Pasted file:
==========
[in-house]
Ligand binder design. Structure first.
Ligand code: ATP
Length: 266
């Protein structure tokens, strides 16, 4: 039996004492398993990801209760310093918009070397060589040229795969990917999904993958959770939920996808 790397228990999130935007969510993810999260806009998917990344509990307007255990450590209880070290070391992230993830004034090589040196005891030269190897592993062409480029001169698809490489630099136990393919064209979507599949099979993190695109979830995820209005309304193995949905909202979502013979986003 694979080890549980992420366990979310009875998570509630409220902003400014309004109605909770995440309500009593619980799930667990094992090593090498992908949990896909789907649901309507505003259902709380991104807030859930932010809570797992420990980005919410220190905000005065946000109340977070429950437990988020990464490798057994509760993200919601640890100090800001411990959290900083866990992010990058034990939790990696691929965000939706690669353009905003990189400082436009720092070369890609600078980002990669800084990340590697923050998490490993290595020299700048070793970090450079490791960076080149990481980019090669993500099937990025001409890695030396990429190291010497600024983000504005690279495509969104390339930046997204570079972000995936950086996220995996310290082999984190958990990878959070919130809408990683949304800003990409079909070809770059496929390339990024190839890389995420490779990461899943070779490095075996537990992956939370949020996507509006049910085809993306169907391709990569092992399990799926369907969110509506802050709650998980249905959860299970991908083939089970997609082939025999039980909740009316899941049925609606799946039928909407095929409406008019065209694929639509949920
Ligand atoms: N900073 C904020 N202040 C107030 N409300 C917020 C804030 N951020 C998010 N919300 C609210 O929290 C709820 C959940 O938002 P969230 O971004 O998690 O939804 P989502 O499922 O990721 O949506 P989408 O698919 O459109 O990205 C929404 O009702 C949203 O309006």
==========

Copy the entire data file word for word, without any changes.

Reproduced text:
[in-house]
Ligand binder design. Structure first.
Ligand code: ATP
Length: 266
């Protein structure tokens, strides 16, 4: 039996004492398993990801209760310093918009070397060589040229795969990917999904993958959770939920996808 790397228990999130935007969510993810999260806009998917990344509990307007255990450590209880070290070391992230993830004034090589040196005891030269190897592993062409480029001169698809490489630099136990393919064209979507599949099979993190695109979830995820209005309304193995949905909202979502013979986003 694979080890549980992420366990979310009875998570509630409220902003400014309004109605909770995440309500009593619980799930667990094992090593090498992908949990896909789907649901309507505003259902709380991104807030859930932010809570797992420990980005919410220190905000005065946000109340977070429950437990988020990464490798057994509760993200919601640890100090800001411990959290900083866990992010990058034990939790990696691929965000939706690669353009905003990189400082436009720092070369890609600078980002990669800084990340590697923050998490490993290595020299700048070793970090450079490791960076080149990481980019090669993500099937990025001409890695030396990429190291010497600024983000504005690279495509969104390339930046997204570079972000995936950086996220995996310290082999984190958990990878959070919130809408990683949304800003990409079909070809770059496929390339990024190839890389995420490779990461899943070779490095075996537990992956939370949020996507509006049910085809993306169907391709990569092992399990799926369907969110509506802050709650998980249905959860299970991908083939089970997609082939025999039980909740009316899941049925609606799946039928909407095929409406008019065209694929639509949920
Ligand atoms: N900073 C904020 N202040 C107030 N409300 C917020 C804030 N951020 C998010 N919300 C609210 O929290 C709820 C959940 O938002 P969230 O971004 O998690 O939804 P989502 O499922 O990721 O949506 P989408 O698919 O459109 O990205 C929404 O009702 C949203 O309006």